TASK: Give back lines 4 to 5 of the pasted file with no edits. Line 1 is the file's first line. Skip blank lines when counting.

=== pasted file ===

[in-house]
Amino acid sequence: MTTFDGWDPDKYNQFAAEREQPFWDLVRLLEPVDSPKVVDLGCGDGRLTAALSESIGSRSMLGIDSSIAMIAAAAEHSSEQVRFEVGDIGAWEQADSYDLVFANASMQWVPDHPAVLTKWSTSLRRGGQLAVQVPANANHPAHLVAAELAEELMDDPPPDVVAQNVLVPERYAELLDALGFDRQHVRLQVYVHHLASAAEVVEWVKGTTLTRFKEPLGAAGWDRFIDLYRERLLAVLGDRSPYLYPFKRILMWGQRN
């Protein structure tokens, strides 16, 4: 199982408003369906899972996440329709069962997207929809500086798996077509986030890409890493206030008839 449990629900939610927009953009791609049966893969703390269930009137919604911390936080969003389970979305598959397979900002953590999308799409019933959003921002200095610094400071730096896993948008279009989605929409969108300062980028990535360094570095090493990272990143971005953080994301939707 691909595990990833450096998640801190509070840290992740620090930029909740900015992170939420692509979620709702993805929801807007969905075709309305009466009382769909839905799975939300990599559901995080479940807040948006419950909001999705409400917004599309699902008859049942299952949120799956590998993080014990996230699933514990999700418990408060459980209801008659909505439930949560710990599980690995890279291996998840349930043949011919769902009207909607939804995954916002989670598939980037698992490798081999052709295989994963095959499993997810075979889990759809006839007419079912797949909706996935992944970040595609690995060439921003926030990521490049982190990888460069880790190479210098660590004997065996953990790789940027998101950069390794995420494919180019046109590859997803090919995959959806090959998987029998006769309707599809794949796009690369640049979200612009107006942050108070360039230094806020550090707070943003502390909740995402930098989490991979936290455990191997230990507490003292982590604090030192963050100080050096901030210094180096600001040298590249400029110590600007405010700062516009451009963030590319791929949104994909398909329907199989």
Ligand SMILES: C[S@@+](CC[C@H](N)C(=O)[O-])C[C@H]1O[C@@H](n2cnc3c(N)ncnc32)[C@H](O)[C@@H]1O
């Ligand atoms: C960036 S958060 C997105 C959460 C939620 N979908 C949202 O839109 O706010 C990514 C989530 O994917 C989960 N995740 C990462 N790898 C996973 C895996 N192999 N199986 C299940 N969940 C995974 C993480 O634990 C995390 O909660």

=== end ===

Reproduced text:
Ligand SMILES: C[S@@+](CC[C@H](N)C(=O)[O-])C[C@H]1O[C@@H](n2cnc3c(N)ncnc32)[C@H](O)[C@@H]1O
């Ligand atoms: C960036 S958060 C997105 C959460 C939620 N979908 C949202 O839109 O706010 C990514 C989530 O994917 C989960 N995740 C990462 N790898 C996973 C895996 N192999 N199986 C299940 N969940 C995974 C993480 O634990 C995390 O909660």